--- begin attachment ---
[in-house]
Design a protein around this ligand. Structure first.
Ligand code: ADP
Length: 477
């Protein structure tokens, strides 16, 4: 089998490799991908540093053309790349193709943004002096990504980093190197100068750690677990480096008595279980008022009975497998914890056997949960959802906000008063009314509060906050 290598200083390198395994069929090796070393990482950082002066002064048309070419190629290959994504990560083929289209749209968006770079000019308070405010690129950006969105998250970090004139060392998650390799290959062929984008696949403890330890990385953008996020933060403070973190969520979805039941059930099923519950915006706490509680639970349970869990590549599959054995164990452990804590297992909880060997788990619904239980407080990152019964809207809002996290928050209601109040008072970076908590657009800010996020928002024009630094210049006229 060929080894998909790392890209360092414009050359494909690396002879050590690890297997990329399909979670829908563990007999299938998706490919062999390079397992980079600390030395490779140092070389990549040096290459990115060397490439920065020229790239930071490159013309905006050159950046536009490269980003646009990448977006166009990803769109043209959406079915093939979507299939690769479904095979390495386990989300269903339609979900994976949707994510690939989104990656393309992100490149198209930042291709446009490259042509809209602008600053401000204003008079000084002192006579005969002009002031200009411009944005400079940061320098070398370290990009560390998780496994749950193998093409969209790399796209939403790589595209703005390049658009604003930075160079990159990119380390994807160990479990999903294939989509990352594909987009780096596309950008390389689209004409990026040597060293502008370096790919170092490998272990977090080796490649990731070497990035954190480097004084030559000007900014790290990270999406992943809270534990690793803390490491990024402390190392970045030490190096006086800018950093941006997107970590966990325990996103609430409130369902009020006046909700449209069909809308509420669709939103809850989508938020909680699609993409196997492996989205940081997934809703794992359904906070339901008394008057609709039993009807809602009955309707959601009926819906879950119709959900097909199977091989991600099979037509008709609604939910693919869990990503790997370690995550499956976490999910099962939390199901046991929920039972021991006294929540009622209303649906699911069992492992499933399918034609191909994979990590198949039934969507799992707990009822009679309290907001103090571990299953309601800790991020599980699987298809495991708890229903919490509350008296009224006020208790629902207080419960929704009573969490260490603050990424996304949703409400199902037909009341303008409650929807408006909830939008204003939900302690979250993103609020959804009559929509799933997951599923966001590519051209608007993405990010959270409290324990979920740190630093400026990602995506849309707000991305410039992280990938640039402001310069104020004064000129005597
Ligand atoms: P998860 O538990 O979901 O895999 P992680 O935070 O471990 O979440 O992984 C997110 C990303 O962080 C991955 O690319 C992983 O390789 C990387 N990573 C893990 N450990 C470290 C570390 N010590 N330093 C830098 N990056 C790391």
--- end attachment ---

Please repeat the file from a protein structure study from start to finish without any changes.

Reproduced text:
[in-house]
Design a protein around this ligand. Structure first.
Ligand code: ADP
Length: 477
């Protein structure tokens, strides 16, 4: 089998490799991908540093053309790349193709943004002096990504980093190197100068750690677990480096008595279980008022009975497998914890056997949960959802906000008063009314509060906050 290598200083390198395994069929090796070393990482950082002066002064048309070419190629290959994504990560083929289209749209968006770079000019308070405010690129950006969105998250970090004139060392998650390799290959062929984008696949403890330890990385953008996020933060403070973190969520979805039941059930099923519950915006706490509680639970349970869990590549599959054995164990452990804590297992909880060997788990619904239980407080990152019964809207809002996290928050209601109040008072970076908590657009800010996020928002024009630094210049006229 060929080894998909790392890209360092414009050359494909690396002879050590690890297997990329399909979670829908563990007999299938998706490919062999390079397992980079600390030395490779140092070389990549040096290459990115060397490439920065020229790239930071490159013309905006050159950046536009490269980003646009990448977006166009990803769109043209959406079915093939979507299939690769479904095979390495386990989300269903339609979900994976949707994510690939989104990656393309992100490149198209930042291709446009490259042509809209602008600053401000204003008079000084002192006579005969002009002031200009411009944005400079940061320098070398370290990009560390998780496994749950193998093409969209790399796209939403790589595209703005390049658009604003930075160079990159990119380390994807160990479990999903294939989509990352594909987009780096596309950008390389689209004409990026040597060293502008370096790919170092490998272990977090080796490649990731070497990035954190480097004084030559000007900014790290990270999406992943809270534990690793803390490491990024402390190392970045030490190096006086800018950093941006997107970590966990325990996103609430409130369902009020006046909700449209069909809308509420669709939103809850989508938020909680699609993409196997492996989205940081997934809703794992359904906070339901008394008057609709039993009807809602009955309707959601009926819906879950119709959900097909199977091989991600099979037509008709609604939910693919869990990503790997370690995550499956976490999910099962939390199901046991929920039972021991006294929540009622209303649906699911069992492992499933399918034609191909994979990590198949039934969507799992707990009822009679309290907001103090571990299953309601800790991020599980699987298809495991708890229903919490509350008296009224006020208790629902207080419960929704009573969490260490603050990424996304949703409400199902037909009341303008409650929807408006909830939008204003939900302690979250993103609020959804009559929509799933997951599923966001590519051209608007993405990010959270409290324990979920740190630093400026990602995506849309707000991305410039992280990938640039402001310069104020004064000129005597
Ligand atoms: P998860 O538990 O979901 O895999 P992680 O935070 O471990 O979440 O992984 C997110 C990303 O962080 C991955 O690319 C992983 O390789 C990387 N990573 C893990 N450990 C470290 C570390 N010590 N330093 C830098 N990056 C790391």